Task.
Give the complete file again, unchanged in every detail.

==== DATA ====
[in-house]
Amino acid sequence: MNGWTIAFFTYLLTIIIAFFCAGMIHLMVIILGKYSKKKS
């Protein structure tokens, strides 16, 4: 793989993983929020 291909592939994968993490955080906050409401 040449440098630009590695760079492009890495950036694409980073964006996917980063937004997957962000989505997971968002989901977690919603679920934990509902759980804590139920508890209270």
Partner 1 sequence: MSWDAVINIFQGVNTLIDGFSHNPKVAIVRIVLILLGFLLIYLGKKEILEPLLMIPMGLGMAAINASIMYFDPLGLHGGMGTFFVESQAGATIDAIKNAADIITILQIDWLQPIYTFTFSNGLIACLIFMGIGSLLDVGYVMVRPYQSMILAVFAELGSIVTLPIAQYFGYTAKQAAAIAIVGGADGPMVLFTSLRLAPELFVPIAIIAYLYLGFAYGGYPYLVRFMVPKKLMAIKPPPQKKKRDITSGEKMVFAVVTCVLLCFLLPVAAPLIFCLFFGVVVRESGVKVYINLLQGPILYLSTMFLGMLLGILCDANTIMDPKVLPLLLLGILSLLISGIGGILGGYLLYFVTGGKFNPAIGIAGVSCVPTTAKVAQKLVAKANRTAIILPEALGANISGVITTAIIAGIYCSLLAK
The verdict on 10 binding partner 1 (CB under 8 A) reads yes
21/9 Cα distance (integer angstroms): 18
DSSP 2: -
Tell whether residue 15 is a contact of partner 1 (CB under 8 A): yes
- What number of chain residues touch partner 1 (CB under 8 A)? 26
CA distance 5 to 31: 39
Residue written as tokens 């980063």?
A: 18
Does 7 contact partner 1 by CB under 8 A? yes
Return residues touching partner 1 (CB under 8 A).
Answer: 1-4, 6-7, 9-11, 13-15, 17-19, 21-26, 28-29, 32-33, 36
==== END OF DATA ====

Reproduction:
[in-house]
Amino acid sequence: MNGWTIAFFTYLLTIIIAFFCAGMIHLMVIILGKYSKKKS
């Protein structure tokens, strides 16, 4: 793989993983929020 291909592939994968993490955080906050409401 040449440098630009590695760079492009890495950036694409980073964006996917980063937004997957962000989505997971968002989901977690919603679920934990509902759980804590139920508890209270």
Partner 1 sequence: MSWDAVINIFQGVNTLIDGFSHNPKVAIVRIVLILLGFLLIYLGKKEILEPLLMIPMGLGMAAINASIMYFDPLGLHGGMGTFFVESQAGATIDAIKNAADIITILQIDWLQPIYTFTFSNGLIACLIFMGIGSLLDVGYVMVRPYQSMILAVFAELGSIVTLPIAQYFGYTAKQAAAIAIVGGADGPMVLFTSLRLAPELFVPIAIIAYLYLGFAYGGYPYLVRFMVPKKLMAIKPPPQKKKRDITSGEKMVFAVVTCVLLCFLLPVAAPLIFCLFFGVVVRESGVKVYINLLQGPILYLSTMFLGMLLGILCDANTIMDPKVLPLLLLGILSLLISGIGGILGGYLLYFVTGGKFNPAIGIAGVSCVPTTAKVAQKLVAKANRTAIILPEALGANISGVITTAIIAGIYCSLLAK
The verdict on 10 binding partner 1 (CB under 8 A) reads yes
21/9 Cα distance (integer angstroms): 18
DSSP 2: -
Tell whether residue 15 is a contact of partner 1 (CB under 8 A): yes
- What number of chain residues touch partner 1 (CB under 8 A)? 26
CA distance 5 to 31: 39
Residue written as tokens 């980063």?
A: 18
Does 7 contact partner 1 by CB under 8 A? yes
Return residues touching partner 1 (CB under 8 A).
Answer: 1-4, 6-7, 9-11, 13-15, 17-19, 21-26, 28-29, 32-33, 36